At one time, the United States dominated the car making industry and Detroit was truly the Motor City. Between outsourcing to cut costs in the 1970s through 1990s, plus the globalization of the market, purely American made cars declined in number. Despite this, American auto manufacturing still employs a significant number of people across the US. Roughly 320,000 in auto assembly plants and another 500,000+ in automotive parts supplier factories. In fact, around 60% of new cars and trucks in the US are at least assembled here.
***This post is sponsored by Cars.com. Article content is purely my own opinion.***
So, what does it mean to “Buy American” when looking to purchase a new car? One version I often hear is “follow the money,” referring to the assumption that buying a car from the Big Three (Ford, GM, Chrysler) means all the profits stay at home. There’s a big hole in this theory. First, Chrysler is now Fiat-Chrysler. And second, major automakers are truly global companies. GM and Ford have major operations all over the world just as Honda and Toyota have major research and design facilities in the US. The location of the accounting office no longer matters much in the big picture.
The second way to look at “Made in America” is where the vehicle is built. This gets a little trickier. Engines and transmissions are often built at completely different factories from the final vehicle and are often used in multiple countries. Suppliers often work for multiple car companies ans ship globally too. Luckily, there are a few tools to help consumers navigate this web of globalization.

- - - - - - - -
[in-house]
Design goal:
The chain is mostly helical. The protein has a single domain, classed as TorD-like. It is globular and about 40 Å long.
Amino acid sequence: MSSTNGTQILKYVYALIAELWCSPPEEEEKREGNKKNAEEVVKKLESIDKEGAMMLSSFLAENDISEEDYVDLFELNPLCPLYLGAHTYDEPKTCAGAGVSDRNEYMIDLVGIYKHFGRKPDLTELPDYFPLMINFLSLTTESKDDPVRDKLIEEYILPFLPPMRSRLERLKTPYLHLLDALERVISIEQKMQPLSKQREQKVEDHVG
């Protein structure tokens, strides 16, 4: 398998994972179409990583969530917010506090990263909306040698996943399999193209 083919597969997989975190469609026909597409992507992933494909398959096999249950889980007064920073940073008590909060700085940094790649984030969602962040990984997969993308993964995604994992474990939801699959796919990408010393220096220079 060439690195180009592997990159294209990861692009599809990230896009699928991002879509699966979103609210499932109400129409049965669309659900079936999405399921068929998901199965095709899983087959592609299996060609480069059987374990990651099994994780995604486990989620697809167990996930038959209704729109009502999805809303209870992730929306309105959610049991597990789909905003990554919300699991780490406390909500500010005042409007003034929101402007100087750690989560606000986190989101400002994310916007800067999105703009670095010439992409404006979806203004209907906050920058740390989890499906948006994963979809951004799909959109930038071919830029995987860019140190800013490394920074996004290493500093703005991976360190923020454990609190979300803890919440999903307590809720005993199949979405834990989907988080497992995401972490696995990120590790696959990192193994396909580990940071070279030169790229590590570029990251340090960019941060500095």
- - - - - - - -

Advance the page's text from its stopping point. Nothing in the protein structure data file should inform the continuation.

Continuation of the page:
The first tool is the American Automobile Labeling Act, which provides a breakdown of US and Canadian content vs foreign content. The sticker also lists where the engine and transmission are made and the assembly plant. While this is a bit helpful, it focuses mainly on the value of parts and doesn’t include the place of final assembly as part of the content percentage. You can find the AALA listings by year here.
The second method is a bit more unique. Cars.com has developed an American Manufacturing Index to provide a more in depth analysis of which cars are the most American Made. What sets the AMI apart, and I think this is critical, is that it also factors in how many US jobs correspond to vehicles assembled and sold in the US. This is really what a lot of people are concerned about after all: American jobs. You can find the Cars.com AMI listings here.
Here is the top ten list of most American Made cars for 2017 provided by Cars.com
The Cars.com 2017 American-Made Index
2017 Model (Assembly Location)
- Jeep Wrangler, Wrangler Unlimited (Toledo, Ohio)
- Jeep Cherokee (Toledo, Ohio and Belvidere, Ill.)
- Ford Taurus (Chicago)
- Honda Ridgeline (Lincoln, Ala.)
- Acura RDX (East Liberty, Ohio)
- Ford F-150 (Dearborn, Mich., and Claycomo, Mo.)
- Ford Expedition (Louisville, Ky.)
- GMC Acadia (Spring Hill, Tenn.)
- Honda Odyssey (Lincoln, Ala.)
- Honda Pilot (Lincoln, Ala.)